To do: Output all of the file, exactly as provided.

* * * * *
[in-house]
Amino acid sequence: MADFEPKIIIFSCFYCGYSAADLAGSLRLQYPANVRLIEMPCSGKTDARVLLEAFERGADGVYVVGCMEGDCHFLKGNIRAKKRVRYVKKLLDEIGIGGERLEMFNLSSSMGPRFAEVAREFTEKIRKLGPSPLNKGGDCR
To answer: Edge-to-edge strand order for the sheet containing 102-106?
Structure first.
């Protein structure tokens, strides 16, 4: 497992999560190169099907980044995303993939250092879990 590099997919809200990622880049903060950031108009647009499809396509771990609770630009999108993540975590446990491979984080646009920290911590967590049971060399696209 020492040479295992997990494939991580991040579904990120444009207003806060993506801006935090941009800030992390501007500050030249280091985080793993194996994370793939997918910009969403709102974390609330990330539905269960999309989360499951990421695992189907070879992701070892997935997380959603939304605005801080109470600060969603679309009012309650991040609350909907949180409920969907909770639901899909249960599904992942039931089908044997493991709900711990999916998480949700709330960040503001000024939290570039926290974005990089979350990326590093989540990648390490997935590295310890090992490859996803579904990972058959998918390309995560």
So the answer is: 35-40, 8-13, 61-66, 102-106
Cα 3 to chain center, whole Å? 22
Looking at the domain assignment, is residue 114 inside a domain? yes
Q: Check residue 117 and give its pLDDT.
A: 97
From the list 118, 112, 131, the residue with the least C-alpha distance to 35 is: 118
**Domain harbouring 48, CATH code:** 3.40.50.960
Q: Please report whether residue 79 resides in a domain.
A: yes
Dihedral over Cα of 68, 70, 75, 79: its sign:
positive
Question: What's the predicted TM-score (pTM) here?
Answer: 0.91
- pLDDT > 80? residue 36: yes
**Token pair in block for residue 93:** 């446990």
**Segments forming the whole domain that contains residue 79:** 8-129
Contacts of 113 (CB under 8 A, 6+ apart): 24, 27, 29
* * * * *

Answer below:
[in-house]
Amino acid sequence: MADFEPKIIIFSCFYCGYSAADLAGSLRLQYPANVRLIEMPCSGKTDARVLLEAFERGADGVYVVGCMEGDCHFLKGNIRAKKRVRYVKKLLDEIGIGGERLEMFNLSSSMGPRFAEVAREFTEKIRKLGPSPLNKGGDCR
To answer: Edge-to-edge strand order for the sheet containing 102-106?
Structure first.
């Protein structure tokens, strides 16, 4: 497992999560190169099907980044995303993939250092879990 590099997919809200990622880049903060950031108009647009499809396509771990609770630009999108993540975590446990491979984080646009920290911590967590049971060399696209 020492040479295992997990494939991580991040579904990120444009207003806060993506801006935090941009800030992390501007500050030249280091985080793993194996994370793939997918910009969403709102974390609330990330539905269960999309989360499951990421695992189907070879992701070892997935997380959603939304605005801080109470600060969603679309009012309650991040609350909907949180409920969907909770639901899909249960599904992942039931089908044997493991709900711990999916998480949700709330960040503001000024939290570039926290974005990089979350990326590093989540990648390490997935590295310890090992490859996803579904990972058959998918390309995560």
So the answer is: 35-40, 8-13, 61-66, 102-106
Cα 3 to chain center, whole Å? 22
Looking at the domain assignment, is residue 114 inside a domain? yes
Q: Check residue 117 and give its pLDDT.
A: 97
From the list 118, 112, 131, the residue with the least C-alpha distance to 35 is: 118
**Domain harbouring 48, CATH code:** 3.40.50.960
Q: Please report whether residue 79 resides in a domain.
A: yes
Dihedral over Cα of 68, 70, 75, 79: its sign:
positive
Question: What's the predicted TM-score (pTM) here?
Answer: 0.91
- pLDDT > 80? residue 36: yes
**Token pair in block for residue 93:** 């446990």
**Segments forming the whole domain that contains residue 79:** 8-129
Contacts of 113 (CB under 8 A, 6+ apart): 24, 27, 29